One member of Tsikhanouskaya’s mission to the U.S., Nikolai Khalezin, however, predicted that officials’ “pogrom” only “strengthens our positions” with the U.S.
Other observers wonder if Lukashenka’s primary foreign backer, Russian President Vladimir Putin, with whom he met in St. Petersburg on July 13, influenced Minsk’s actions.
At the meeting, Lukashenka alleged that “abominable” non-governmental organizations “are planting terror” within Belarus. The next day, on July 14, over 50 civil society groups were searched, and at least 20 people detained.
Among their number is the outspoken human rights group Viasna (Spring), whose leader, Ales Bialiatski, reportedly remains in jail after the 72-hour limit for detainees.
But Katerina Shmatina, a Belarusian Institute of Strategic Studies analyst who left the country in 2020, sees no connection between the Putin summit and the latest chapter in the government’s crackdown on critics. Such measures have occurred daily since mass protests against Lukashenka ended, she noted.
Since the spring, aside from the apparently forced landing of a Ryanair jet carrying wanted opposition-activist-journalist Raman Pratasevich, the government effectively closed down the country’s largest independent news portal, Tut.by, and, earlier this month, detained four journalists from one of the country’s oldest newspapers, Nasha Niva (Our Field) for alleged tax evasion. Both outlets’ websites have been blocked.
Ultimately, Shmatina said, “there aren’t any guarantees that anyone now in Belarus is in safety.”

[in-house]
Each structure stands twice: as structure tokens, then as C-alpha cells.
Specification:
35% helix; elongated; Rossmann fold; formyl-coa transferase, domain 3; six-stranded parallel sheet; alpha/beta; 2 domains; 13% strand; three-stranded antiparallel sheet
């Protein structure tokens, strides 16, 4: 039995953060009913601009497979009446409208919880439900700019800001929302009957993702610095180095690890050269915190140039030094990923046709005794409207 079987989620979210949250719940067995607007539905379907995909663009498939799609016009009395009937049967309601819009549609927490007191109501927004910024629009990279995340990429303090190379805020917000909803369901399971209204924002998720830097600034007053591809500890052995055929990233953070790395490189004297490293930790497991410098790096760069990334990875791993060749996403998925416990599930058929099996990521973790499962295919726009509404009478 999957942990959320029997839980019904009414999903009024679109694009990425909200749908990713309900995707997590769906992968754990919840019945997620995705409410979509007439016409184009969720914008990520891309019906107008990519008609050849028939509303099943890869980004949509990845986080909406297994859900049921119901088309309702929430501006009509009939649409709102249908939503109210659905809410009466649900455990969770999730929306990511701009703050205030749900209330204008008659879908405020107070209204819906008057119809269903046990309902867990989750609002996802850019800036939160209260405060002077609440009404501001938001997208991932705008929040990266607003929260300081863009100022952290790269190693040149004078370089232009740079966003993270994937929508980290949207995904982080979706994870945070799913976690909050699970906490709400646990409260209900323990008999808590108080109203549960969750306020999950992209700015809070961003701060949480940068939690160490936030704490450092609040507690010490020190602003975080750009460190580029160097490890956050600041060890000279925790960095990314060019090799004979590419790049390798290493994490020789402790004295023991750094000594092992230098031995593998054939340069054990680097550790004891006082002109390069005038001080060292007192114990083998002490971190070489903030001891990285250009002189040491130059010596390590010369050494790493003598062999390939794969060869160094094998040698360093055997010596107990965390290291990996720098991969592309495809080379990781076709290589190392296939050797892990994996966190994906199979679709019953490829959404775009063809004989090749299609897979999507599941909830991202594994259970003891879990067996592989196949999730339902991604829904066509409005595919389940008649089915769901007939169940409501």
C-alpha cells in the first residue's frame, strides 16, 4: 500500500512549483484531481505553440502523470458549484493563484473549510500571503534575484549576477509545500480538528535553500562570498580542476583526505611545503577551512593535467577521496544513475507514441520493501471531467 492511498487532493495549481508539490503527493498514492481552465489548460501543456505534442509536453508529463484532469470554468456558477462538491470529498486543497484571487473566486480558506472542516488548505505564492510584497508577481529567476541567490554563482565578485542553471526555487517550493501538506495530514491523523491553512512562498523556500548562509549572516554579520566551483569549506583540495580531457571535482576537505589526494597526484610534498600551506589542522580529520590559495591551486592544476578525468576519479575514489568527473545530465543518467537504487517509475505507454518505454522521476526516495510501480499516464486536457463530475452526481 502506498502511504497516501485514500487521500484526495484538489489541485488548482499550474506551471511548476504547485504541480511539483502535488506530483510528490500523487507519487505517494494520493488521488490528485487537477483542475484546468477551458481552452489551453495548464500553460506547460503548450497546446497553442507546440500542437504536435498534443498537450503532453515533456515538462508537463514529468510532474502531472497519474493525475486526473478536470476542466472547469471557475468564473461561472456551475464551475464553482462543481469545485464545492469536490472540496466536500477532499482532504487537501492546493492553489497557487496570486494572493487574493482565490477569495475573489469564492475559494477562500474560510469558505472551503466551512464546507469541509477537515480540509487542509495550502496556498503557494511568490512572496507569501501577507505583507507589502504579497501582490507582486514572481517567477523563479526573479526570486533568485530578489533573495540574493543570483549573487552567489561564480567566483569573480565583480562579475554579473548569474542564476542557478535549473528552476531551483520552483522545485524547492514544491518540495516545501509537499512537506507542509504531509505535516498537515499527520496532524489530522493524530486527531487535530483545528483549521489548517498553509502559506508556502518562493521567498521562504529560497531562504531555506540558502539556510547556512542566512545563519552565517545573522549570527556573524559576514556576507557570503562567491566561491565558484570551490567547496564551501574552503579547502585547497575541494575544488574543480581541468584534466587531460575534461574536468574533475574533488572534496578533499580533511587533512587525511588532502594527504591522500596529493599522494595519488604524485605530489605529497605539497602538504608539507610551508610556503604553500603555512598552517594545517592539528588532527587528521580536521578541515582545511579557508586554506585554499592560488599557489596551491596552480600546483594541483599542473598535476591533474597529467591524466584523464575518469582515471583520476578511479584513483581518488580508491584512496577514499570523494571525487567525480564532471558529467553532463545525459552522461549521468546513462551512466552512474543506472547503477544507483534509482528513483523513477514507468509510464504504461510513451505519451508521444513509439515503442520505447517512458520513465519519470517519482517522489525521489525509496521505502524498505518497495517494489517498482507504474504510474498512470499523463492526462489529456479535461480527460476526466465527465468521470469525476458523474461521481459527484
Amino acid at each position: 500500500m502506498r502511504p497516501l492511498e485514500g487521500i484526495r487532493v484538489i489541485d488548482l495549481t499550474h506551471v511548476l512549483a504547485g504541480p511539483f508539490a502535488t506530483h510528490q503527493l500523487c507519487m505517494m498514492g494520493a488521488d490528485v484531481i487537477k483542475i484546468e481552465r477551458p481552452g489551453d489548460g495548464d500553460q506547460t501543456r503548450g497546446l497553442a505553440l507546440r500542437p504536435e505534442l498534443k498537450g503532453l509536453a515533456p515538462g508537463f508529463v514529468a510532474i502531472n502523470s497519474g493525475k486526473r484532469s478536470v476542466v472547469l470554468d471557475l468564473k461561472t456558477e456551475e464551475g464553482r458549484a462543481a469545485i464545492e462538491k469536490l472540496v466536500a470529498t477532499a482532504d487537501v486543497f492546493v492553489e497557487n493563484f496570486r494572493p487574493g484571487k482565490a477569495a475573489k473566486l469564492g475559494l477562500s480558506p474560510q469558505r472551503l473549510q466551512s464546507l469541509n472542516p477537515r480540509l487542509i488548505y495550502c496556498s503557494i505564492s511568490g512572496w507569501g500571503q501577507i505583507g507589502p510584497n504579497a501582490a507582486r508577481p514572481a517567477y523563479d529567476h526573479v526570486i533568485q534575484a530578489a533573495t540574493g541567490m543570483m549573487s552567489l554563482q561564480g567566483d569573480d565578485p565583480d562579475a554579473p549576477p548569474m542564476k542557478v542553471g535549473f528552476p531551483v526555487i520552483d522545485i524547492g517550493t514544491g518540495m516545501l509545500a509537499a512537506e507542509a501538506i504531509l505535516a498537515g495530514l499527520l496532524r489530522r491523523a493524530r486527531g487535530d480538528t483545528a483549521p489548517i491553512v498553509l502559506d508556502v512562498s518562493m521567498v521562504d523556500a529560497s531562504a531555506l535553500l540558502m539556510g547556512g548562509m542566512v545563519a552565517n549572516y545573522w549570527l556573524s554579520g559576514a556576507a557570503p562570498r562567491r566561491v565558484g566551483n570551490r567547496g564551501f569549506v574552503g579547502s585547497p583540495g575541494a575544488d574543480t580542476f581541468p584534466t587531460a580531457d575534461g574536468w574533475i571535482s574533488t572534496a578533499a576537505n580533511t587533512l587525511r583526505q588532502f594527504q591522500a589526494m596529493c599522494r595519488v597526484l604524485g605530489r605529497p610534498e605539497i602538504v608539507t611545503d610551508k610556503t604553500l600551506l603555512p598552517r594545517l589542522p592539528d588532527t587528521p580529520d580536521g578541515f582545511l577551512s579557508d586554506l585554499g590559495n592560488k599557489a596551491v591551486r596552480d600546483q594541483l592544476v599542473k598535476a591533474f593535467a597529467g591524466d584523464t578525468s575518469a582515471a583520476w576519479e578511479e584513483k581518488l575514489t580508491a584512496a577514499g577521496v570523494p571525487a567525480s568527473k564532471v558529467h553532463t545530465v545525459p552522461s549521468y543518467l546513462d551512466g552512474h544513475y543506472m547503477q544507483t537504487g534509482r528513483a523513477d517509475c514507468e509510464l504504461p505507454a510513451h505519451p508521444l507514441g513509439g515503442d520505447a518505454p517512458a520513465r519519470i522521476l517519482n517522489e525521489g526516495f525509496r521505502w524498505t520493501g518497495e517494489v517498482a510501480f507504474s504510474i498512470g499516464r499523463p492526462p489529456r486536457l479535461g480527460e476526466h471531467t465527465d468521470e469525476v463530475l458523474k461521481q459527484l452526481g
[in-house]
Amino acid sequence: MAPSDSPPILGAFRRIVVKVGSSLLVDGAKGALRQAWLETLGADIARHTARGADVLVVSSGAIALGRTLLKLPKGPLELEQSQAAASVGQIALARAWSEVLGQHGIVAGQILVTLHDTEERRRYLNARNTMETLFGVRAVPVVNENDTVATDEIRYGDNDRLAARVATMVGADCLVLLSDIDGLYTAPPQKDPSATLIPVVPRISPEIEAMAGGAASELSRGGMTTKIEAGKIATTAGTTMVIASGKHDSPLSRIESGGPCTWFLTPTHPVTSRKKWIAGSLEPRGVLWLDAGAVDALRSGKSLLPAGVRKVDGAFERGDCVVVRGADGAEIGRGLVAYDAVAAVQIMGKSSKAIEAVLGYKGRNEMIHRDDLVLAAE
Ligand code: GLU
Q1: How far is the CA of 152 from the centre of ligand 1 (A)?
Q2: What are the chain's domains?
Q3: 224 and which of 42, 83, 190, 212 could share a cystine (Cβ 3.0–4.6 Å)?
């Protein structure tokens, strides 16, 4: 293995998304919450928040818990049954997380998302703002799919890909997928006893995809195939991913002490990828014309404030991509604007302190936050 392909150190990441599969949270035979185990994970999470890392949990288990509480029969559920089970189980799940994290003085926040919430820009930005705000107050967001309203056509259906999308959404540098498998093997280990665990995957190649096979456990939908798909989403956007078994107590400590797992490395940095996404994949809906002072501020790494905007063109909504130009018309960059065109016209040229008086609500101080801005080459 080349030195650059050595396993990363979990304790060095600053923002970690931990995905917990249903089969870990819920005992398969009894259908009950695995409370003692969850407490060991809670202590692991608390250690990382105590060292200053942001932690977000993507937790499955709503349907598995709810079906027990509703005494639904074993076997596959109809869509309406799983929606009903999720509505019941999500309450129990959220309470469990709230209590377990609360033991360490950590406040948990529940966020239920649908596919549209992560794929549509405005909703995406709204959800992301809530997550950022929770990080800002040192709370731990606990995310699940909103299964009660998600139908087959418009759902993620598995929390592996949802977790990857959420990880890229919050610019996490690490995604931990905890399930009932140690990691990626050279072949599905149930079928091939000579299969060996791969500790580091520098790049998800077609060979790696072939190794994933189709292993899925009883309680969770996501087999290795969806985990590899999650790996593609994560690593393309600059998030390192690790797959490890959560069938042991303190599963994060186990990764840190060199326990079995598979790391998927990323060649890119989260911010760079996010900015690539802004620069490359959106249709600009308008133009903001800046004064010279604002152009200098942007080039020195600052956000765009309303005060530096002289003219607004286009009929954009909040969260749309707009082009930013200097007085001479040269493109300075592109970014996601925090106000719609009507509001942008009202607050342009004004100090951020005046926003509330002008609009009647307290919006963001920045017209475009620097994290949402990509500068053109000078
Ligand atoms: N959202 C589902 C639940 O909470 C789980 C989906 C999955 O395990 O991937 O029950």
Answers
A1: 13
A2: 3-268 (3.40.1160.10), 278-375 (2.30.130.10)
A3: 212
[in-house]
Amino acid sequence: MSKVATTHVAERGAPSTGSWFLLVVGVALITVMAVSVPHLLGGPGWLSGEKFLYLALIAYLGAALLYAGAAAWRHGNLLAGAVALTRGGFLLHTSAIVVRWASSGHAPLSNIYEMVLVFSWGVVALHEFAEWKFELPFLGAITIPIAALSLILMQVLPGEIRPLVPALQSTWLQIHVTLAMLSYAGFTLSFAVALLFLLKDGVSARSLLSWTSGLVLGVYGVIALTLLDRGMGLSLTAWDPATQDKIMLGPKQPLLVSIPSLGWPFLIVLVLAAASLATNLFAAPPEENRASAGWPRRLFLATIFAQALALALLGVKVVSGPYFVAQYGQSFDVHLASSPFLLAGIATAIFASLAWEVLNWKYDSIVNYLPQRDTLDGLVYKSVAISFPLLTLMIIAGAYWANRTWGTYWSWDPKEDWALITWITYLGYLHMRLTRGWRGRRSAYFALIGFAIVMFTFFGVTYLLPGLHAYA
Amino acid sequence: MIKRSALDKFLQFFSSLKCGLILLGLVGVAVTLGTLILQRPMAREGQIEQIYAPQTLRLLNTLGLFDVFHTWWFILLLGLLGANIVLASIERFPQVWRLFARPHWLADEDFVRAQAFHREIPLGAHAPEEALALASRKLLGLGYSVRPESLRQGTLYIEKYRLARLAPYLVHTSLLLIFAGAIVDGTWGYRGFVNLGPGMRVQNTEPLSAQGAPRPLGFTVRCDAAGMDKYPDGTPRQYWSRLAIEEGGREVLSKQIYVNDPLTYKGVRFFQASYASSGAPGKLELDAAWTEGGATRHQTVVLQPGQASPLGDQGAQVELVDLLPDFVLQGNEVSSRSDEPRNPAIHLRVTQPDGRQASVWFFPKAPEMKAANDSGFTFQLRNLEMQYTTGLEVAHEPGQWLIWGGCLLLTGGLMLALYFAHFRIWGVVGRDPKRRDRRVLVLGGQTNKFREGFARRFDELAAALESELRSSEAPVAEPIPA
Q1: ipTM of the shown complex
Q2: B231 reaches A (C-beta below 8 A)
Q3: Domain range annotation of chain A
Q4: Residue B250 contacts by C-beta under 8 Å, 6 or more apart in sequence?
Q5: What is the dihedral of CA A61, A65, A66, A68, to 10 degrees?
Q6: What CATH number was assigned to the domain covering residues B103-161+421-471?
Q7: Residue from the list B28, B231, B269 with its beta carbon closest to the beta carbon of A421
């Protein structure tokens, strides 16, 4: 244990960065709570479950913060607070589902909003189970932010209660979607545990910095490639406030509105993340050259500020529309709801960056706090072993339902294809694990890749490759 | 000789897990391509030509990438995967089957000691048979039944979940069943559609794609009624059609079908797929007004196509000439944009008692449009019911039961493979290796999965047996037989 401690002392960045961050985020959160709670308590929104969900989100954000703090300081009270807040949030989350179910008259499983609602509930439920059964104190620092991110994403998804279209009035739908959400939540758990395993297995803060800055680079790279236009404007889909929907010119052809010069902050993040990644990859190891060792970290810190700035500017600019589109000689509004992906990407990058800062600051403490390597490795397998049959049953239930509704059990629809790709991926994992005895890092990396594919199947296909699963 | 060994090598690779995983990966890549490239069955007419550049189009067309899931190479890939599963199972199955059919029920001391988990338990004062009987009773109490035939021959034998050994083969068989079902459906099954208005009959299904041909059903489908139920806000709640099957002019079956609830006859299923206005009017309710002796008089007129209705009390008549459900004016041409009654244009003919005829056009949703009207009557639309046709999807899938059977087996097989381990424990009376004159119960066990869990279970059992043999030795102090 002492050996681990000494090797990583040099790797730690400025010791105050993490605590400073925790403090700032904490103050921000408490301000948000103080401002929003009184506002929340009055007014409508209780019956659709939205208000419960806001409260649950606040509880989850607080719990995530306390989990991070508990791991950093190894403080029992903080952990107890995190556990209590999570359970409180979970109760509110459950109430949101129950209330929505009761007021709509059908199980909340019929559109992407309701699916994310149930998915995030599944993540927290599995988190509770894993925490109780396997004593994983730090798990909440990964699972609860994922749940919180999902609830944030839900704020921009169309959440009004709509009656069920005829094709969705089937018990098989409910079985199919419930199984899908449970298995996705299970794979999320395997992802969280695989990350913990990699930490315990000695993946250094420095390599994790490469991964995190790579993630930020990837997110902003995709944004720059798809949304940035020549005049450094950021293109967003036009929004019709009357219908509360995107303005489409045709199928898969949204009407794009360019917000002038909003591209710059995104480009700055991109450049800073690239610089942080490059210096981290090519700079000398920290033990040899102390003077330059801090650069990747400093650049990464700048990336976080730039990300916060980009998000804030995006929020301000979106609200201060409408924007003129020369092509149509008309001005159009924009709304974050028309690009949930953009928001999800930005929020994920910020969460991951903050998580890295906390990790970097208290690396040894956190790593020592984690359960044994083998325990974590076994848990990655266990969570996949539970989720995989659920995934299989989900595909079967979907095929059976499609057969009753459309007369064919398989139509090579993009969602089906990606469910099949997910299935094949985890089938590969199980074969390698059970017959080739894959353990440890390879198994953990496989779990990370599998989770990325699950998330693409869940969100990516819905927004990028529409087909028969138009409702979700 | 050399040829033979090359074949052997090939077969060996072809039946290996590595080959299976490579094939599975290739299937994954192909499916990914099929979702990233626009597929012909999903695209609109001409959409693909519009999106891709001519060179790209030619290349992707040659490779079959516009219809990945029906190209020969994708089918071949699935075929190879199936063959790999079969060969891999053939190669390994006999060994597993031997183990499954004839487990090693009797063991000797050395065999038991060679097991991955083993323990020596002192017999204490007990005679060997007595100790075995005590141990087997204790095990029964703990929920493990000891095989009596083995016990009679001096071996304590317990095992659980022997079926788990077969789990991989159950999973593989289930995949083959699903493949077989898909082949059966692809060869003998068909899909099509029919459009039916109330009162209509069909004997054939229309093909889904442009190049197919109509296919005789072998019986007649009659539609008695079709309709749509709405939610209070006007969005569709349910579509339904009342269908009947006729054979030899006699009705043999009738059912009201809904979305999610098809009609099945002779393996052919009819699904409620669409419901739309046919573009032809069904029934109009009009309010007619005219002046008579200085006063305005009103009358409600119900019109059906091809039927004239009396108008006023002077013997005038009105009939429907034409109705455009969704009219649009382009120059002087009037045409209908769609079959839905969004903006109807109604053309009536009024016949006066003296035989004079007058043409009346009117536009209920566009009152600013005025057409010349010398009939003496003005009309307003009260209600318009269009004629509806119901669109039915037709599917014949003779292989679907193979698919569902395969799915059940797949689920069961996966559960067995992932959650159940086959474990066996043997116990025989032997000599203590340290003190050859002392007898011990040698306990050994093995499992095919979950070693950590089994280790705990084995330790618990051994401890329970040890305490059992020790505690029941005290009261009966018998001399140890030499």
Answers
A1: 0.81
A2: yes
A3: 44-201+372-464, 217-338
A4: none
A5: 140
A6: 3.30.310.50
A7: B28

Journalists who have left the country know that all too well.
“Going out onto the street is now practically impossible” for media, commented Current Time’s Belarus correspondent Raman Vasiukovich, who left Belarus before the July 16 raid on RFE/RL's Minsk bureau. Journalists consider conducting interviews on the street, where they can attract police attention, akin to “heroism,” he said, speaking from Kyiv.
Many journalists take with them wherever they go an emergency bag containing their passport, a change of clothes, and a water bottle in case they are suddenly detained, Vasiukovich said.
Vasiukovich previously had been fined for reporting without official accreditation and for supposedly distributing an allegedly “extremist” book about Belarus’ connection with the separatist conflict in Ukraine’s Donbas region.
He said he only decided to leave Belarus at the last moment.
“We journalists should tell what’s going on. This was important so that the whole world would know how human rights are being violated in Belarus, how [police] beat people” at protests, Vasiukovich said. “I considered this my obligation.”
Nasta Zakharevich, an RFE/RL blogger and freelancer for a Spanish news agency, similarly struggled with her own decision to leave Belarus for EU member Latvia, its northwestern neighbor and now home to a sizable Belarusian diaspora.
Before leaving earlier this year, Zakharevich was imprisoned twice -- for 7 and 15 days, respectively – while covering anti-Lukashenka protests. “After the second release, they began to call my relatives,” Zakharevich said of officials. “I took this as an unambiguous sign that, either I leave [Belarus] or they’ll put me in prison.”